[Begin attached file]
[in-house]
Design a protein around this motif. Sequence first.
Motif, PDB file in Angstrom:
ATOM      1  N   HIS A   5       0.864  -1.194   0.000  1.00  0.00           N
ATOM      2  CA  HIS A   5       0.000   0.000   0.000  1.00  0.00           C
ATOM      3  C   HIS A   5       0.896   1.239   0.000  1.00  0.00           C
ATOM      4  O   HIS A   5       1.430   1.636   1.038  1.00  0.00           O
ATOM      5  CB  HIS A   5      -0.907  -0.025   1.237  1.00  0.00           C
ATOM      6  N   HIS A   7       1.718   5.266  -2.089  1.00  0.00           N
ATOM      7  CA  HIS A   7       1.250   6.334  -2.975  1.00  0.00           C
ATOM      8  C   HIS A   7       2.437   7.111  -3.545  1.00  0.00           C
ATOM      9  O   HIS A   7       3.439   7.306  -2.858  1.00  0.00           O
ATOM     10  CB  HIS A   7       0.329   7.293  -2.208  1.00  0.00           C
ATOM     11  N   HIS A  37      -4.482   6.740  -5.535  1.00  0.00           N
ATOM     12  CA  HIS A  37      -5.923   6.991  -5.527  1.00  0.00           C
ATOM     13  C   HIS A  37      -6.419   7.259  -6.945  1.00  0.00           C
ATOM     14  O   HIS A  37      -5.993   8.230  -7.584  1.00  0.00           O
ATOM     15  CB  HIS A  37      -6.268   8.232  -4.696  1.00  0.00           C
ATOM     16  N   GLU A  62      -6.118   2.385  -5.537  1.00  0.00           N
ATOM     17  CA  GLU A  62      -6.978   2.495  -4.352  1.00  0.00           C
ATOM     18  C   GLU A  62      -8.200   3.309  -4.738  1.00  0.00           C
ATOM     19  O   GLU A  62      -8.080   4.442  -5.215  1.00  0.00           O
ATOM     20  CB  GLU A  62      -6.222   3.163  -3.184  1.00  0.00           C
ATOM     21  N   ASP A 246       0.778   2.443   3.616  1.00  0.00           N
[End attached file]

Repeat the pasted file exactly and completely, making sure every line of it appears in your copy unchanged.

[in-house]
Design a protein around this motif. Sequence first.
Motif, PDB file in Angstrom:
ATOM      1  N   HIS A   5       0.864  -1.194   0.000  1.00  0.00           N
ATOM      2  CA  HIS A   5       0.000   0.000   0.000  1.00  0.00           C
ATOM      3  C   HIS A   5       0.896   1.239   0.000  1.00  0.00           C
ATOM      4  O   HIS A   5       1.430   1.636   1.038  1.00  0.00           O
ATOM      5  CB  HIS A   5      -0.907  -0.025   1.237  1.00  0.00           C
ATOM      6  N   HIS A   7       1.718   5.266  -2.089  1.00  0.00           N
ATOM      7  CA  HIS A   7       1.250   6.334  -2.975  1.00  0.00           C
ATOM      8  C   HIS A   7       2.437   7.111  -3.545  1.00  0.00           C
ATOM      9  O   HIS A   7       3.439   7.306  -2.858  1.00  0.00           O
ATOM     10  CB  HIS A   7       0.329   7.293  -2.208  1.00  0.00           C
ATOM     11  N   HIS A  37      -4.482   6.740  -5.535  1.00  0.00           N
ATOM     12  CA  HIS A  37      -5.923   6.991  -5.527  1.00  0.00           C
ATOM     13  C   HIS A  37      -6.419   7.259  -6.945  1.00  0.00           C
ATOM     14  O   HIS A  37      -5.993   8.230  -7.584  1.00  0.00           O
ATOM     15  CB  HIS A  37      -6.268   8.232  -4.696  1.00  0.00           C
ATOM     16  N   GLU A  62      -6.118   2.385  -5.537  1.00  0.00           N
ATOM     17  CA  GLU A  62      -6.978   2.495  -4.352  1.00  0.00           C
ATOM     18  C   GLU A  62      -8.200   3.309  -4.738  1.00  0.00           C
ATOM     19  O   GLU A  62      -8.080   4.442  -5.215  1.00  0.00           O
ATOM     20  CB  GLU A  62      -6.222   3.163  -3.184  1.00  0.00           C
ATOM     21  N   ASP A 246       0.778   2.443   3.616  1.00  0.00           N